9. I would wear it when I led prayer in front of an exclusively female group (that’s the only place I  would ever lead a prayer as per I Timothy 2 and I Corinthians 14), but I would not ever need one for prophesying. The three instances, as we have mentioned, in the New Testament that refer to women prophesying are all in a context, I believe, of miraculous spiritual gifts. Acts 2:16-18 is very clear about what kind of prophesying the daughters and handmaidens would be doing. Acts 21 draws special attention to the daughters of Philip in a way that I believe lends itself to the miraculous. (It seems to me there would be many women who regularly and routinely taught in the non-miraculous Titus 2 sense.) It seems to me that the praying and prophesying of the early part of 1 Corinthians 11 may very well have both been related to the miraculous, since it is followed closely by a fairly large portion of scripture devoted to the miraculous. (It is interesting that the scripture in Jude 20 does refer to praying in the Spirit. This very well could be referring to miraculous knowledge directing the prayers of Christians in the first century. The recorded prayers of the New Testament writers were certainly miraculously God-breathed.) This large section of scripture in chapters 12-14, interestingly is very clear about the close of the miraculous age and the end of prophecies (I Corinthians 13:8-9). I would not be dogmatic about the praying of I Corinthians 11:5, but I, personally believe that both the praying and the prophesying of that passage were activities women did in the context of the miraculous (outside of the assembly)…things we do not even do today. As Robert Taylor put it “ It is quite likely that the apostle is discussing those with miraculous powers for both praying and prophesying.” 
  10. I’d be aware that the wearing of such a covering was likely not worn in every New Testament church. First Timothy was a letter full of instructions for Timothy to pass along to the Ephesian church. Sandwiched right between men lifting holy hands in chapter 2, verse 8 and women being silent in the assembly in verse 11, Paul describes the kind of hairstyle that women needed to avoid (or at least the hairstyle that was not to be the emphasis when they were assembled). But why would this matter all if women’s heads were covered? It simply would not. But Ephesus was a different culture than was Corinth, so it seems the admonition for the woman’s head in worship was not exactly the same. In fact, it seems it was pretty different for these two churches separated by a land distance of just under 900 miles or a trip across the Aegean Sea. It seems to me that maybe Paul could have referred to this very thing when he said in verse 16 of 1 Corinthians 11, “If anyone is inclined to be contentious, we have no such practice, nor do the churches of God.”  Maybe it was that the city from which he was writing the letter to Corinth (Ephesus) did not have such a custom; thus, “…we have no such custom (or practice).”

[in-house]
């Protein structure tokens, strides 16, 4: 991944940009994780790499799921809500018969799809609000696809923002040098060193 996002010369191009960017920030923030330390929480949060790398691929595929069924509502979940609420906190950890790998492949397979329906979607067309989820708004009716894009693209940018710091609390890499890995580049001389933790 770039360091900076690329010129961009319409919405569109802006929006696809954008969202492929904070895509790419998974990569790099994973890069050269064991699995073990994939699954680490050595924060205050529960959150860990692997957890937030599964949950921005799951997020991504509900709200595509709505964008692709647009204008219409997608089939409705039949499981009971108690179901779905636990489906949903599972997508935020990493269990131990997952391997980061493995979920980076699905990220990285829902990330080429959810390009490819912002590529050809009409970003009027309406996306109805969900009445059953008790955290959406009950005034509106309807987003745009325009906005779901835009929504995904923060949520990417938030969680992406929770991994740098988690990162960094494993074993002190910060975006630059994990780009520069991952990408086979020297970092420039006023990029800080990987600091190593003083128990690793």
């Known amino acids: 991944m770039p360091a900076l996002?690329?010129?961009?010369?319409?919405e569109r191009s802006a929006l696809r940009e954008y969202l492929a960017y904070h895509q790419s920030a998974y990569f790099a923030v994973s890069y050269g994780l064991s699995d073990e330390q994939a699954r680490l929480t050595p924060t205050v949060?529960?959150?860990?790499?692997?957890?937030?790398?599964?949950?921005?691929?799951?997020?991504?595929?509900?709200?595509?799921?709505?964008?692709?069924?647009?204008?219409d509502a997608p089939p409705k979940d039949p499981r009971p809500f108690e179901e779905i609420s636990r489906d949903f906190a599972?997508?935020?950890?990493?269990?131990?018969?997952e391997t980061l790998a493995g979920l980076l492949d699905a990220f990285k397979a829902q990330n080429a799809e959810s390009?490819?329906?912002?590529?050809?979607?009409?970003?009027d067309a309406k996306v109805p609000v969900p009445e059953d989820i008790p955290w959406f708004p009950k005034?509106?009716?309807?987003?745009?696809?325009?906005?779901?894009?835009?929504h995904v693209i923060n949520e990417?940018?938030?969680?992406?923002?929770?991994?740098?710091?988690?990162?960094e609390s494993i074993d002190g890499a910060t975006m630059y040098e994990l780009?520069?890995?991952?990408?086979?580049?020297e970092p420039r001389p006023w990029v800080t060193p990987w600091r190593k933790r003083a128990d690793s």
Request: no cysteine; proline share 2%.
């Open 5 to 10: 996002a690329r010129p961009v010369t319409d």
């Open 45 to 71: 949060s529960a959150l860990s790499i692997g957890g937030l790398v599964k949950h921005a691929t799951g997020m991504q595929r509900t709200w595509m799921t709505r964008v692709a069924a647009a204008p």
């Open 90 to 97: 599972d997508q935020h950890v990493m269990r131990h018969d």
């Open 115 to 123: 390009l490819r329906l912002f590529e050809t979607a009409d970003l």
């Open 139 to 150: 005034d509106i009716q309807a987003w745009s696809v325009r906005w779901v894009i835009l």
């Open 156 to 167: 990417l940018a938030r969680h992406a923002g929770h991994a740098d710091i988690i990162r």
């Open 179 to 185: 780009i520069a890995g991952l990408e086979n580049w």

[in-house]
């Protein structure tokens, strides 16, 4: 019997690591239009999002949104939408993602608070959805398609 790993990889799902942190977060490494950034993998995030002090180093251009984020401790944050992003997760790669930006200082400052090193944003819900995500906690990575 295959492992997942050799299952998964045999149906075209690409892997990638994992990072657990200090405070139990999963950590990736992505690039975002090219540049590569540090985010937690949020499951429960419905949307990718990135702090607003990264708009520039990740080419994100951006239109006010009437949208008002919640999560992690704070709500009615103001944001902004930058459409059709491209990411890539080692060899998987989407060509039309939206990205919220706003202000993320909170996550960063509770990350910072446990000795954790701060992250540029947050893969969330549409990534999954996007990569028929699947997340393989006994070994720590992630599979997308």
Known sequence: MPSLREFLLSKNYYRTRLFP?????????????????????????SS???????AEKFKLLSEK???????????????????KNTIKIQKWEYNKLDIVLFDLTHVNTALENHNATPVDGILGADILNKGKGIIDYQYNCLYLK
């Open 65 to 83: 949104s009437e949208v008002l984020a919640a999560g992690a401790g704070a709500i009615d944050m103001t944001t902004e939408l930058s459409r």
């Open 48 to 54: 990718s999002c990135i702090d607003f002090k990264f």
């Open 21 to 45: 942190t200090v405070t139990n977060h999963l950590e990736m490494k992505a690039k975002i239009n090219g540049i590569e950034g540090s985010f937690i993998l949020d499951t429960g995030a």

11. I’d wonder if I should be at the door of the building each Sunday to greet all the brothers and sisters with a holy kiss. I say this, not with any sarcasm at all, but truly trying to distinguish between the cultural practice being regulated by Romans 16:16 of kissing one another and the regulation of the 1 Timothy 2 cultural practice. As Brother Woods put it in the same article cited earlier “…the mere omission of it [the covering] is no more an act of disobedience than is the failure to stand at the door and greet each member with a holy kiss.”
  12. I would be very careful not to bind the wearing on others. There is nothing wrong with wearing a veil, although I believe it would be inhibitive of unity and evangelism, in my case. If a woman’s conscience is violated by the omission of a veil, then certainly she should wear one. (I would beg, though, that consistency should induce her to wear a full head covering and to wear it in all public places.) But to bind this practice, intended to encourage conformity to a culture in which the covering represented submission to God and husband, I believe, is a wrong and contentious thing to do. I understand that there will be those who disagree with what I’ve written. But I am praying that this writing will not be divisive in any way. May we all strive to please Him in both our study and application and may we be gracious to each other as we strive as sisters to live under His authority in 2019 and beyond.

Sources quoted or consulted:

Faraone, Christopher A. and McClure, Laura K., Prostitutes and Courtesans in the Ancient Word, University of Wisconsin Press, Madison, WI. 2006, p.90.

Giselbach, Ben; Questions and Answers; https://plainsimplefaith.com/headcoverings/

Taylor, Robert; Studies in 1 Corinthians 11,Words of Truth, Volume 14, Number 37, 1978

Woods, Guy N., The Christian life of faithful subordination to God replaces a 1st century custom of veiling, Christian Times, 1993.

Bless Your Heart by Cindy Colley

Contest Winners!… Elizabeth, Tracy and Alisha

Contest winners are Elizabeth Moon, Tracy Parsons and Alisha Middleton. Congratulations to these three sisters who shared encouraging comments, notes and/or gifts given by others in the body of Christ. Congratulations to all those who sent in examples of the various ways and words used to encourage…because those in the family who receive encouragement from their brothers and sisters have a lot to celebrate. 

Elizabeth, Tracy and Alisha, choose your free product from The Colley House and email your postal address along with your selection to byhcontest@gmail.com